My link is not good but I am sure the motion can be found by googling


    Case No. 09 CR 383 ) v. ) Judge Ruben Castillo ) VICENTE JESUS ZAMBADA-NIEBLA, ) __________________________________________)


    • Amazona September 29, 2012 / 2:27 pm

      From the same motion by Mr. Michaelson:

      “As Robert C. Bonner, the former head of the DEA and Commissioner of the United States Customs Department pointed out in his recent article in Foreign Affairs magazine titled “The New Cocaine Cowboys, How to Defeat Mexico’s Drug Cartels” (July/August 2010, p.25), the United States government’s plan to destroy the Cali and Medellin drug cartels in Colombia was based (as in this case) on giving carte blanche to rival cartels to continue their drug smuggling operations in the United States without concern for its associated death and destruction in both countries, in return for their assistance against the Cali and Medellin cartels. He makes it clear that in Colombia, “the objective was to dismantle and destroy the Cali and Medellin cartels-not to prevent drugs from being smuggled into the United States or to end their consumption” (p.42). He goes on to say “the United States must accept that the goal in Mexico is similar; the destruction of the large Mexican cartels, nothing more and nothing else” (p.42, 43)

  2. Cluster September 29, 2012 / 2:42 pm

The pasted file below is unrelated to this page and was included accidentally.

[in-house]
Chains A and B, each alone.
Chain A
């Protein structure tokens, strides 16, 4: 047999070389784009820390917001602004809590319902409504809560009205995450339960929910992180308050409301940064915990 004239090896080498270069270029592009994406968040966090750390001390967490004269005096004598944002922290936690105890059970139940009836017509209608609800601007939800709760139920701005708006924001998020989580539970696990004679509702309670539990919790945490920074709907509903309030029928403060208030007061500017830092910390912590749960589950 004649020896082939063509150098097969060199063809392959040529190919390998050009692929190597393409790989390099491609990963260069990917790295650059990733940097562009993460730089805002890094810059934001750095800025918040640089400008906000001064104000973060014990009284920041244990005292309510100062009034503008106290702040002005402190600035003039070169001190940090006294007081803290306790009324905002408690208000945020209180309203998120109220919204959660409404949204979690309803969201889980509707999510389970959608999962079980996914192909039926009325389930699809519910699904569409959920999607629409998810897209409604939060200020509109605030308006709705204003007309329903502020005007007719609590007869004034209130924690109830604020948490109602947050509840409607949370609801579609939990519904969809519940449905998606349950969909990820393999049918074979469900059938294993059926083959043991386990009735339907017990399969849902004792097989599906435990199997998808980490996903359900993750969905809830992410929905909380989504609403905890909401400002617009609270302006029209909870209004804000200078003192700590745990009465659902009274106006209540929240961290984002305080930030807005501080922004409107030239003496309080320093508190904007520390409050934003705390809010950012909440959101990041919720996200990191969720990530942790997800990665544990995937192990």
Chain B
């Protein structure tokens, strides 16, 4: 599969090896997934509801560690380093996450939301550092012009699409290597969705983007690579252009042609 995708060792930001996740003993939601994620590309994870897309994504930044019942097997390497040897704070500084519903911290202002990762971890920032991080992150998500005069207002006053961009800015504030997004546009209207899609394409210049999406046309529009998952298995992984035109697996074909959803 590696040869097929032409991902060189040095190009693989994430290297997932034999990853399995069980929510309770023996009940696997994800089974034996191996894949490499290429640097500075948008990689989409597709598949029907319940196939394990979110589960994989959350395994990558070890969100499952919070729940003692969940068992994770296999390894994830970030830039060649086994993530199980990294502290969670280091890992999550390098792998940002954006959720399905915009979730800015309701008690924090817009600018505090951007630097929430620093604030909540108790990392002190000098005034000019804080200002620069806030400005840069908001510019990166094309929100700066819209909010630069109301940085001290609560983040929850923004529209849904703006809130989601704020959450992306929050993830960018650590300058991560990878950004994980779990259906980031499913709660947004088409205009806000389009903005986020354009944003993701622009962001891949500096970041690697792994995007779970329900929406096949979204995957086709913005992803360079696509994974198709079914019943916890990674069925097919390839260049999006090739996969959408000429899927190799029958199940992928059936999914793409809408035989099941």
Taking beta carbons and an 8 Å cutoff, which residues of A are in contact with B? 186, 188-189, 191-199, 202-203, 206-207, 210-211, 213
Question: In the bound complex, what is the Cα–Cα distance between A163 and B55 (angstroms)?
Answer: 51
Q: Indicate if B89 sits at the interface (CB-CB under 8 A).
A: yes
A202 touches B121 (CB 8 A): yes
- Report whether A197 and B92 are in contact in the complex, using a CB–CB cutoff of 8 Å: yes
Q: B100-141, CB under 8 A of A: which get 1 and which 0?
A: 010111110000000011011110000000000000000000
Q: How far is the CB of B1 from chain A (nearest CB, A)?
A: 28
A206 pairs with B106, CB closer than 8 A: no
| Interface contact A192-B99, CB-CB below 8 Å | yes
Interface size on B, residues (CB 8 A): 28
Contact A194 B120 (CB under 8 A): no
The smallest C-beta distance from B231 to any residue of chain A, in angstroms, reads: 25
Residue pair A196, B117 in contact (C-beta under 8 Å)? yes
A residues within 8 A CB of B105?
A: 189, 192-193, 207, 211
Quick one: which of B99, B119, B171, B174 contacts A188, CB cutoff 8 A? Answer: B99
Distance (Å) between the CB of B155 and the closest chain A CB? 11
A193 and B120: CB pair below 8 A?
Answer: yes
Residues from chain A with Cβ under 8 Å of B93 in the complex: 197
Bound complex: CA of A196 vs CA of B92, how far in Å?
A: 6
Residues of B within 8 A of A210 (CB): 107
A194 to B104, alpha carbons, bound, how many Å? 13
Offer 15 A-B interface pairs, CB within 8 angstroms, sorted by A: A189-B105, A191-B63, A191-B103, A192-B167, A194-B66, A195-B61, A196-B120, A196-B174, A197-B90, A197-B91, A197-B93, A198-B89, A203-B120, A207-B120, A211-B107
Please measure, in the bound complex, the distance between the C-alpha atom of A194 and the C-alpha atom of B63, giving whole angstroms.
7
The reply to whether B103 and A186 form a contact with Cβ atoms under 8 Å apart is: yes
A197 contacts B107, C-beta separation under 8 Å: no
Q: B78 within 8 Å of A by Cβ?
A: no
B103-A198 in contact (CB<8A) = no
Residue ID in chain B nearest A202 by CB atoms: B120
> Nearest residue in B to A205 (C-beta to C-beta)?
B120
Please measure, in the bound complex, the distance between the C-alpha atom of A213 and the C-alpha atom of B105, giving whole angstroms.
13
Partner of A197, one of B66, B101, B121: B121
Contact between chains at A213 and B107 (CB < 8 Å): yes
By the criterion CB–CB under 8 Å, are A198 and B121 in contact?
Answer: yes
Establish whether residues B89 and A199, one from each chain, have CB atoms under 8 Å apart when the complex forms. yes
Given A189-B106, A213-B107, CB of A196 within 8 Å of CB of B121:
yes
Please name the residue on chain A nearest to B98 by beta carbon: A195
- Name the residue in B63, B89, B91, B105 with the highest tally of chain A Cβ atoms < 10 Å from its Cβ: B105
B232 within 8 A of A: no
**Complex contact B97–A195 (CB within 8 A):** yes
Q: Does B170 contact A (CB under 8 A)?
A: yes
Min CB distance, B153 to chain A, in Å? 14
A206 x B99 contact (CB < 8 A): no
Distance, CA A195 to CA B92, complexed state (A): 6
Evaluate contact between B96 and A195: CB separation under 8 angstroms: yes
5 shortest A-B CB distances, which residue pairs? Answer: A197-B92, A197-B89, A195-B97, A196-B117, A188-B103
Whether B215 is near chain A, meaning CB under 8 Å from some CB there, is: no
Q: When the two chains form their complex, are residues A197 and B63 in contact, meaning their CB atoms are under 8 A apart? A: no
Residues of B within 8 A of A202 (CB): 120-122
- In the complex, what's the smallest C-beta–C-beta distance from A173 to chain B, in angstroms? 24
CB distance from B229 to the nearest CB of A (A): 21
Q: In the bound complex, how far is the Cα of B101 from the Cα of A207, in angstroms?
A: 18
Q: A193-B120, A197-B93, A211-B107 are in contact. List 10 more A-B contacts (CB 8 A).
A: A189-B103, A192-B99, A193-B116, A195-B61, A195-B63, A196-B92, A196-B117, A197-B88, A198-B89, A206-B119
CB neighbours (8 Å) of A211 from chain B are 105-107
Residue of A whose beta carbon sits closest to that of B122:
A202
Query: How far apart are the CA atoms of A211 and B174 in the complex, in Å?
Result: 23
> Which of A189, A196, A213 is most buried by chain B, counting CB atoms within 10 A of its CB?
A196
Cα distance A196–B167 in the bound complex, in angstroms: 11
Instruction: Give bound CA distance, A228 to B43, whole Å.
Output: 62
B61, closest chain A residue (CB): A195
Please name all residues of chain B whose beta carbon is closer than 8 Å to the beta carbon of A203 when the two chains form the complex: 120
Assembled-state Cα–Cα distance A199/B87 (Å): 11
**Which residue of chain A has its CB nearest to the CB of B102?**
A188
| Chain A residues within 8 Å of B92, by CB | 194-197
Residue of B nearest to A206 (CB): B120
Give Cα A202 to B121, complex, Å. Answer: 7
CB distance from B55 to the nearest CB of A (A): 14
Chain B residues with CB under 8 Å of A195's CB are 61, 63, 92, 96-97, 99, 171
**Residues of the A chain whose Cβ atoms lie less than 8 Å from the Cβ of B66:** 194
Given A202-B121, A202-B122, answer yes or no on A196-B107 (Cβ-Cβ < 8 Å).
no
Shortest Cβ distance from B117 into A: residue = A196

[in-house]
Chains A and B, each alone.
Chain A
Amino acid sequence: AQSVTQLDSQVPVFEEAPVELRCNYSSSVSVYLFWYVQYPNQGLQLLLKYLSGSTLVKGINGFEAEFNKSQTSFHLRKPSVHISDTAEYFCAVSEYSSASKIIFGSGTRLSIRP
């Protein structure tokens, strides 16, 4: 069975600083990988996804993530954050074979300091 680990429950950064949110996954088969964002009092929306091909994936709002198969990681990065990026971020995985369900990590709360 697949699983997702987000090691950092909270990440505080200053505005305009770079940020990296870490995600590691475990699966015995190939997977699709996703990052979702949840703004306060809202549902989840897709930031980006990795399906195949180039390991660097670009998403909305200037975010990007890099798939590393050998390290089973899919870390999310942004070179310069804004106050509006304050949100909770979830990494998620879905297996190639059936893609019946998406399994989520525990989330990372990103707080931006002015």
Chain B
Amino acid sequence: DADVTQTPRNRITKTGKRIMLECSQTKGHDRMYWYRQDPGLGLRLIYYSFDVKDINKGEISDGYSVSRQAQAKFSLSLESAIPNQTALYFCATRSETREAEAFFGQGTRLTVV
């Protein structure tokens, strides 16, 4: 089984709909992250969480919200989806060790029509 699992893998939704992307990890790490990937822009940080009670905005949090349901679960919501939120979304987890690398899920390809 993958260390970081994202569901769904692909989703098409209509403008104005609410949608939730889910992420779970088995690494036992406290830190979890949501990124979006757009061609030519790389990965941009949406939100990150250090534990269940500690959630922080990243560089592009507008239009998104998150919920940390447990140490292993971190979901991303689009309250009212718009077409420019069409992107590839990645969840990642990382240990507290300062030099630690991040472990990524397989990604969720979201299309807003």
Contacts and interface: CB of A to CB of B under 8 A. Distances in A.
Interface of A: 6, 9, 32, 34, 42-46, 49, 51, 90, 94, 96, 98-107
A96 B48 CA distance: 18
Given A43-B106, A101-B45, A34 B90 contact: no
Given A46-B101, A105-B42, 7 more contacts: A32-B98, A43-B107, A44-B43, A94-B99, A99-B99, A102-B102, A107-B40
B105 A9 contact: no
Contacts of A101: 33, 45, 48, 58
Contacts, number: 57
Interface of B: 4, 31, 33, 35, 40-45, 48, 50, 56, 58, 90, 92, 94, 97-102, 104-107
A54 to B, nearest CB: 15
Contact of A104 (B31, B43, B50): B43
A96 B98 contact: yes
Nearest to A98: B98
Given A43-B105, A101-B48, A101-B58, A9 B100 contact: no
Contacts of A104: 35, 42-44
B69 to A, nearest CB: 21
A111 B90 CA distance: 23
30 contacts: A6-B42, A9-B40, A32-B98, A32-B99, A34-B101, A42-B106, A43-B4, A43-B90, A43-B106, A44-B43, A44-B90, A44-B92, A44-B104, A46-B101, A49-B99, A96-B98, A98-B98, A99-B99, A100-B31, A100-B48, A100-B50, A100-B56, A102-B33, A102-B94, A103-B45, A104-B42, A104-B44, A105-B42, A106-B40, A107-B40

Very interesting information Amazona. I took your advise and googled Case No. 009, and found this:

    Defendant’s immunity motion is based upon investigations and interviews by defense counsel in Mexico and the United States, including interviews of Mexican citizen, Humberto Loya Castro (“Loya”).1 Loya is an attorney and Sinaloa Cartel member who in the late 1980s into the early 1990s became an adviser and confidante of, inter alia, the defendant, Joaquiz Guzman Loera (“Chapo”) and Ismael Zambada Garcia (“Mayo”) who are also charged here. Beginning in or about 1998 Loya entered into an agreement with the United States government through agents then of the Department of Justice, including the Immigration and 1 Defendant’s Motion For Discovery re Defense of Public Authority also recounts these facts in greater detail.
    1. Case: 1:09-cr-00383 Document #: 95 Filed: 07/29/11 Page 1 of 11 PageID #:385
    Naturalization Service, (now, Department of Homeland Security, Immigration and Customs Enforcement (“ICE”)) and the Department of Justice, Drug Enforcement Administration (“DEA”). Under the agreement Loya was to provide information to the government, particularly about rival cartels, in return for immunity for Loya’s prior acts and continuing acts. Loya understood that this agreement was known and approved by attorneys in the Department of Justice and the leaders of the Sinaloa Cartel. In exchange for the information he provided, Loya was promised immunity for past and